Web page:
IFRS Adoption in the US: One Year Later
Has IFRS/GAAP convergence been derailed by the magnitude of the financial crisis? Some seem to think so. Personally I'm of the school of thought that it was a bad idea in the first place and not necessarily the sort of legacy Mary Schapiro cared to inherit from her predecessor at the SEC.
Meanwhile, still we wait.
August 2008 was a hopeful time for advocates of principles-based accounting. The United States had a new plan to adopt global accounting standards, which are considered to allow for more judgment than U.S. generally accepted accounting principles. And an advisory group to the Securities and Exchange Commission unveiled a 170-page report recommending ways financial reporting could be simplified, including the belief that bright lines should not exist.
A year later, there has been no movement toward adopting International Financial Reporting Standards in the United States since then–SEC chairman Christopher Cox introduced a roadmap for the conversion last August. And while some recommendations of the Committee on Improvements to Financial Reporting were taken up by standard-setters and regulators during the year the CIFR convened, the SEC has procrastinated on addressing the meatier, more-controversial suggestions that could substantially reduce reporting complexity.
Those suggestions included having the SEC develop a policy statement on the reasonableness of judgment, in order to reduce second-guessing among companies, regulators, and auditors. The CIFR also recommended that the commission issue additional guidance on how companies should view materiality when considering a financial restatement. And, the committee offered, the SEC could require companies to write executive summaries of their 10-Ks, briefly explaining their business, financial condition, and operations.
To be sure, the SEC has been wrapped up in repairing its reputation following the Madoff scandal and the collapse of investment banks. The announcements coming out of the commission this year have focused largely on short-selling rules; executive compensation; proxy access; and enforcement actions against or settlements with financial institutions, a corporate behemoth (General Electric), and several Ponzi schemes.
Indeed, nearly seven months into her job as SEC chairman, Mary Schapiro has for the most part — at least publicly — stayed away from talking about corporate finance and accounting policies. In fact, Schapiro has yet to name a permanent chief accountant since Conrad Hewitt left in January.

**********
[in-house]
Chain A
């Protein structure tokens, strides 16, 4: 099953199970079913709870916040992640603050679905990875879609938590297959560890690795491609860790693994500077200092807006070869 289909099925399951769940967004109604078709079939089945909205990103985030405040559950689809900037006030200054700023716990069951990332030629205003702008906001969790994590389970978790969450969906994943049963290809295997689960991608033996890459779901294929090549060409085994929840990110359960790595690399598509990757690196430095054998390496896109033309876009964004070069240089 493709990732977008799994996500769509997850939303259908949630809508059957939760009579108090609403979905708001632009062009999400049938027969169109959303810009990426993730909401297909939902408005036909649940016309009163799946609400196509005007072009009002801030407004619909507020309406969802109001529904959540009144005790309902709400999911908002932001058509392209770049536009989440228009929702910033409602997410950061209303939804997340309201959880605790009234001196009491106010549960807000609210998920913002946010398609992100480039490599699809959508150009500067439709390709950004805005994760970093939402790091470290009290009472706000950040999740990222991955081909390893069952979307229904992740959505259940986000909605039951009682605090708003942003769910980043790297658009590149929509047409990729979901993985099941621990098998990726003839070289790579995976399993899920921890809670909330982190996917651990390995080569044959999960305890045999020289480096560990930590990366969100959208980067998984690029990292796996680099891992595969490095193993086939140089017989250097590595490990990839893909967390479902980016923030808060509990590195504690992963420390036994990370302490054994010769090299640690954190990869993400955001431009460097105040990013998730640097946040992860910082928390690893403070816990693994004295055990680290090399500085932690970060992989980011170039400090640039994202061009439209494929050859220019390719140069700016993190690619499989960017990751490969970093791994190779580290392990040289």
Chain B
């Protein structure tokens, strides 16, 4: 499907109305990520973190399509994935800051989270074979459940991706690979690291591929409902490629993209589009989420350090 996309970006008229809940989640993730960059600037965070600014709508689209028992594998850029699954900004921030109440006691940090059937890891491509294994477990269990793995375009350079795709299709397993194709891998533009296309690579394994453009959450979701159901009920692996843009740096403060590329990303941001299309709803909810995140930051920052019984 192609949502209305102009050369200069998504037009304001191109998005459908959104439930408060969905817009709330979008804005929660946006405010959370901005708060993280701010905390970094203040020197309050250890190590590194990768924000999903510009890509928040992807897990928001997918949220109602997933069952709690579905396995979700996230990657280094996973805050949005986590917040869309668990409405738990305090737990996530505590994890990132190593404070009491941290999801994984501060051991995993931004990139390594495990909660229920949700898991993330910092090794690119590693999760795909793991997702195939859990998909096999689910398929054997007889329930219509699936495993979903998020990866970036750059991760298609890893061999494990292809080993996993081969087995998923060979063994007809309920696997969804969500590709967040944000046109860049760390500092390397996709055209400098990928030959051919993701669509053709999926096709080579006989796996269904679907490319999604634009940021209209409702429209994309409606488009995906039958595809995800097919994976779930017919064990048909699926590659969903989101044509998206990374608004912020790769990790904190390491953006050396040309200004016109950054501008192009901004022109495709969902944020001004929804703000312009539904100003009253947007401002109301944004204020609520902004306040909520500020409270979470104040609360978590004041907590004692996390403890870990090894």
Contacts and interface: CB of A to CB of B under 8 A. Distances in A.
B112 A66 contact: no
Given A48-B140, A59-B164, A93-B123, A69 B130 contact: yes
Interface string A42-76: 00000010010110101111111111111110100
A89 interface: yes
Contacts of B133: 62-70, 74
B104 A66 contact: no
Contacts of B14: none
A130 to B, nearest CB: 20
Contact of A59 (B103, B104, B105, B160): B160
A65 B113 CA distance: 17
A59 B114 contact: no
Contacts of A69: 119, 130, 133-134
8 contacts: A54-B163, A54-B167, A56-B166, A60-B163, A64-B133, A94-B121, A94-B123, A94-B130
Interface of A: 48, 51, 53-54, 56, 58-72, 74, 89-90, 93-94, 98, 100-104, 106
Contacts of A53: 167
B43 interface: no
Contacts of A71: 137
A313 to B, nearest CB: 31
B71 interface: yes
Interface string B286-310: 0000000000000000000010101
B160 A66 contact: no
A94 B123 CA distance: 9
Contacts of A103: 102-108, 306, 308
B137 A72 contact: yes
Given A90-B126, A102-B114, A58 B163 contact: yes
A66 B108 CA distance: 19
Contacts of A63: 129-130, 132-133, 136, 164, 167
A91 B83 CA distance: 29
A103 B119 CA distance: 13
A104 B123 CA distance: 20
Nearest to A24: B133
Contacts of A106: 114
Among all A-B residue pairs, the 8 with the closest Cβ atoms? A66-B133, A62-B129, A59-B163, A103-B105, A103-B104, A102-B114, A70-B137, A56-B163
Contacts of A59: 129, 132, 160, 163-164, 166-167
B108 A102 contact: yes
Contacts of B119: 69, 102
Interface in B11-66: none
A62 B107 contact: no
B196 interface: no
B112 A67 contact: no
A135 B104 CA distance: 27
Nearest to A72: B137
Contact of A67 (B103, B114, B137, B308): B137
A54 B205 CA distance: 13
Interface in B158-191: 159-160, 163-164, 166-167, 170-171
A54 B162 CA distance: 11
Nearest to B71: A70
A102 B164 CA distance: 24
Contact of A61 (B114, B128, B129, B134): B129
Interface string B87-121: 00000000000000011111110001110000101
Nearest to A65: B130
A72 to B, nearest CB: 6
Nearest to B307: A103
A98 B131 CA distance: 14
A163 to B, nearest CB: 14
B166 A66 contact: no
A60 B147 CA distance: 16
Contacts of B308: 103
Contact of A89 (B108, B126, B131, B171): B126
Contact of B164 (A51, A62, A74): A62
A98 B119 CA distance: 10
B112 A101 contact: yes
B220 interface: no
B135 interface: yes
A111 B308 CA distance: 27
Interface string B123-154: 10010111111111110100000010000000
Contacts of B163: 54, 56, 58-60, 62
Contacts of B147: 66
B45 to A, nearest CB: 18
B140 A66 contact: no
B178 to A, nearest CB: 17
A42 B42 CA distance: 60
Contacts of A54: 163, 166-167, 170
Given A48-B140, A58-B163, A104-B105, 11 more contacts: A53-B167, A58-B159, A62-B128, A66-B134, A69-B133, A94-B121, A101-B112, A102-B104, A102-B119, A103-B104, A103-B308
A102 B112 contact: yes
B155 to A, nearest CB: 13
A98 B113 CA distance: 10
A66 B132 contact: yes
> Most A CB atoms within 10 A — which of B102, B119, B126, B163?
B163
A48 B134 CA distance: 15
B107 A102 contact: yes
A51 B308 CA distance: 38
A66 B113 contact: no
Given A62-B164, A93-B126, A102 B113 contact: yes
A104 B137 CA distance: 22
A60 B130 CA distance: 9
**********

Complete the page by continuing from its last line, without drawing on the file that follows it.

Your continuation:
(correction, the CFO article is dated August 12th and Schapiro finally committed to a chief accountant shortly after this was written.)
One tricky recommendation that SEC staffers may continue to ignore involves materiality. The CIFR wanted the commission to tell companies to consider both qualitative and quantitative factors when determining an error's materiality, and make their decision based on "the perspective of a reasonable investor." In addition, the committee wanted more guidance on how companies should address an old error. But while the SEC has not issued any new guidance on materiality since the CIFR report came out, Pozen says companies are gradually reevaluating what is considered material on their own.
Another CIFR suggestion may be dead for now. Many accounting observers believe a more principles-based approach to financial reporting, putting more trust in professional judgment, would clear up the muddy water created by decades of rules proliferation. In that spirit, the CIFR asked that standard-setters eliminate percentage tests, strict thresholds, and numerical parameters in rules.
However, FASB believes that pleas for more detailed guidance won't abate. "Although the Board is committed to eliminating or reducing the use of bright lines and exceptions, we do not perceive any significant change in the demand for such guidance," FASB wrote in a 17-page response to Pozen.
We are open to this and still standing around with our thumbs up our backsides. A direction would be wonderful but I don't think any of us are holding our breath to hear a decision from up high on where we go from here.
Have we made any progress since last year's announcement? Not in the least.